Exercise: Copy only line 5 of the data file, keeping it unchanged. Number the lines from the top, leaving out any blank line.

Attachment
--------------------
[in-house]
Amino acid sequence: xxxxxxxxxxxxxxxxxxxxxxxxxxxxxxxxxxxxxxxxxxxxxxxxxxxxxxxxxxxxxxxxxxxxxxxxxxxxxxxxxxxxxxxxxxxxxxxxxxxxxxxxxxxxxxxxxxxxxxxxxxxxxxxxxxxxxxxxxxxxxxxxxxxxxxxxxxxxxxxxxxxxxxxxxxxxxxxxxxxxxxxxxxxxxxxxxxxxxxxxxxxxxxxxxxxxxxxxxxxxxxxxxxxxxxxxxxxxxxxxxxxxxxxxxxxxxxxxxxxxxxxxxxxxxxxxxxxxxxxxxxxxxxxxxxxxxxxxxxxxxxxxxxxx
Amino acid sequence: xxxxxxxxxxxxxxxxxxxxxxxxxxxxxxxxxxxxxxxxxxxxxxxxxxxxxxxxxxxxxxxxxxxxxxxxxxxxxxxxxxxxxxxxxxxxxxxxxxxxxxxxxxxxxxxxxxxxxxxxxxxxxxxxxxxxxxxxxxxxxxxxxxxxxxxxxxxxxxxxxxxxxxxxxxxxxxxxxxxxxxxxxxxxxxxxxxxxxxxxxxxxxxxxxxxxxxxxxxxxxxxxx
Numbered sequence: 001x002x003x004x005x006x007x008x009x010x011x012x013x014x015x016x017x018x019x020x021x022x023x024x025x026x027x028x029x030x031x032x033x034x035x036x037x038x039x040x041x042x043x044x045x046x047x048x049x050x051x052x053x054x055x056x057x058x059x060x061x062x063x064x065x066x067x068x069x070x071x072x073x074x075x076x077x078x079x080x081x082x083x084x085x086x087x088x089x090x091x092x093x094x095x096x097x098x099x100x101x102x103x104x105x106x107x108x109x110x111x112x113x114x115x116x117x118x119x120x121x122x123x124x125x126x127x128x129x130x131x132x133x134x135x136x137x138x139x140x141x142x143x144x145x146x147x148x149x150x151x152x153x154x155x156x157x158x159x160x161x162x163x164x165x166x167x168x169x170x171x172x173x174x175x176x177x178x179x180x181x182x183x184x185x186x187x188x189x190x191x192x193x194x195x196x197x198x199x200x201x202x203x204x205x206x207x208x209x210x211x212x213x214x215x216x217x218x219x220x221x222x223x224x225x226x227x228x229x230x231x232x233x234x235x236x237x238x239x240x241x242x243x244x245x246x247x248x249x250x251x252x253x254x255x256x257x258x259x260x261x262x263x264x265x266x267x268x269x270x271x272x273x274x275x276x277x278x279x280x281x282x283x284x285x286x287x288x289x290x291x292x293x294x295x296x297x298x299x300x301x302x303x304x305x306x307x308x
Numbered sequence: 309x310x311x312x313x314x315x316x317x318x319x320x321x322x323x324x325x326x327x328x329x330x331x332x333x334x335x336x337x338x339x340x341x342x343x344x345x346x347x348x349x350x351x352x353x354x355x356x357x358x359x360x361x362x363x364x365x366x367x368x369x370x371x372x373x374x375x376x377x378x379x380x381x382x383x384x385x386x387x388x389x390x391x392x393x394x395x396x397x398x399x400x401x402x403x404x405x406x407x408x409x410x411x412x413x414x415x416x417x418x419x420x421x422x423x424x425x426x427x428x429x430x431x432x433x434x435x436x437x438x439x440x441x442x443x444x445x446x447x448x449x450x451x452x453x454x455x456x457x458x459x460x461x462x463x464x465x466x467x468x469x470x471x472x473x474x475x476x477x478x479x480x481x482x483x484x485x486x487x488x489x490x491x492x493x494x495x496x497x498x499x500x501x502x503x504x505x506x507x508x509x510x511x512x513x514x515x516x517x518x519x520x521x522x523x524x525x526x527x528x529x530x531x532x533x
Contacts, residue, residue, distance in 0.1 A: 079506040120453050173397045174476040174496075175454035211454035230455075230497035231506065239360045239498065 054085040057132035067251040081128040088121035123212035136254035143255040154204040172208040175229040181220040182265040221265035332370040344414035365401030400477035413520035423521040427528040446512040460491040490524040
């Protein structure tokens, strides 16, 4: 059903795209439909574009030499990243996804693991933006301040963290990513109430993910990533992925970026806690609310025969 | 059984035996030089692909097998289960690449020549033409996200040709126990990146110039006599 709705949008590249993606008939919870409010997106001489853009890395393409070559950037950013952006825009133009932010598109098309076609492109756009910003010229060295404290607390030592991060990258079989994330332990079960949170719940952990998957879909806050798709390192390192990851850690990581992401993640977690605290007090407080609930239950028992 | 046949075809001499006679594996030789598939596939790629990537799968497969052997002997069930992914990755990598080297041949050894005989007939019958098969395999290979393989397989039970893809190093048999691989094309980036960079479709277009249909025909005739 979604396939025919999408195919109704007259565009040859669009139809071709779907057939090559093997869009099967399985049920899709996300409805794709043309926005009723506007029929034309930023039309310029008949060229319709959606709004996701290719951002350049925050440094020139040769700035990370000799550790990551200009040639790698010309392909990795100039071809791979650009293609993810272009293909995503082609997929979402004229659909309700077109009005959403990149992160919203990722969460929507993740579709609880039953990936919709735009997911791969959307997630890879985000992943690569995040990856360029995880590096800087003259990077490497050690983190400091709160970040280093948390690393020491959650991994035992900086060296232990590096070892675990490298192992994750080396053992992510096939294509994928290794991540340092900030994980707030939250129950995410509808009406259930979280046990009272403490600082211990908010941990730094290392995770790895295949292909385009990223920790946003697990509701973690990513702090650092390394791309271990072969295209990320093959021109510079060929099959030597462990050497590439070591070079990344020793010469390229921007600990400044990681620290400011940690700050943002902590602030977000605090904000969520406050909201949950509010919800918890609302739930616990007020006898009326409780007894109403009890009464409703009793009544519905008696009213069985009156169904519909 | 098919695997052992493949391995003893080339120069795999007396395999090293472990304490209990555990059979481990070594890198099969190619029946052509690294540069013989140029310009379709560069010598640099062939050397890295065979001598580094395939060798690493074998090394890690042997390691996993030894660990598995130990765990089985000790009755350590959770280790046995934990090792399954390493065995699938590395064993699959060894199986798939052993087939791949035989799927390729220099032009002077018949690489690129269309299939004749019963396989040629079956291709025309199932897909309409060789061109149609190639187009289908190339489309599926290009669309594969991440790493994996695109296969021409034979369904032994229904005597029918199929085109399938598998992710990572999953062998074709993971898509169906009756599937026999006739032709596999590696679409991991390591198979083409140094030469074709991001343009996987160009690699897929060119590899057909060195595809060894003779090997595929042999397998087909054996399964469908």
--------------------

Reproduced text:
Numbered sequence: 309x310x311x312x313x314x315x316x317x318x319x320x321x322x323x324x325x326x327x328x329x330x331x332x333x334x335x336x337x338x339x340x341x342x343x344x345x346x347x348x349x350x351x352x353x354x355x356x357x358x359x360x361x362x363x364x365x366x367x368x369x370x371x372x373x374x375x376x377x378x379x380x381x382x383x384x385x386x387x388x389x390x391x392x393x394x395x396x397x398x399x400x401x402x403x404x405x406x407x408x409x410x411x412x413x414x415x416x417x418x419x420x421x422x423x424x425x426x427x428x429x430x431x432x433x434x435x436x437x438x439x440x441x442x443x444x445x446x447x448x449x450x451x452x453x454x455x456x457x458x459x460x461x462x463x464x465x466x467x468x469x470x471x472x473x474x475x476x477x478x479x480x481x482x483x484x485x486x487x488x489x490x491x492x493x494x495x496x497x498x499x500x501x502x503x504x505x506x507x508x509x510x511x512x513x514x515x516x517x518x519x520x521x522x523x524x525x526x527x528x529x530x531x532x533x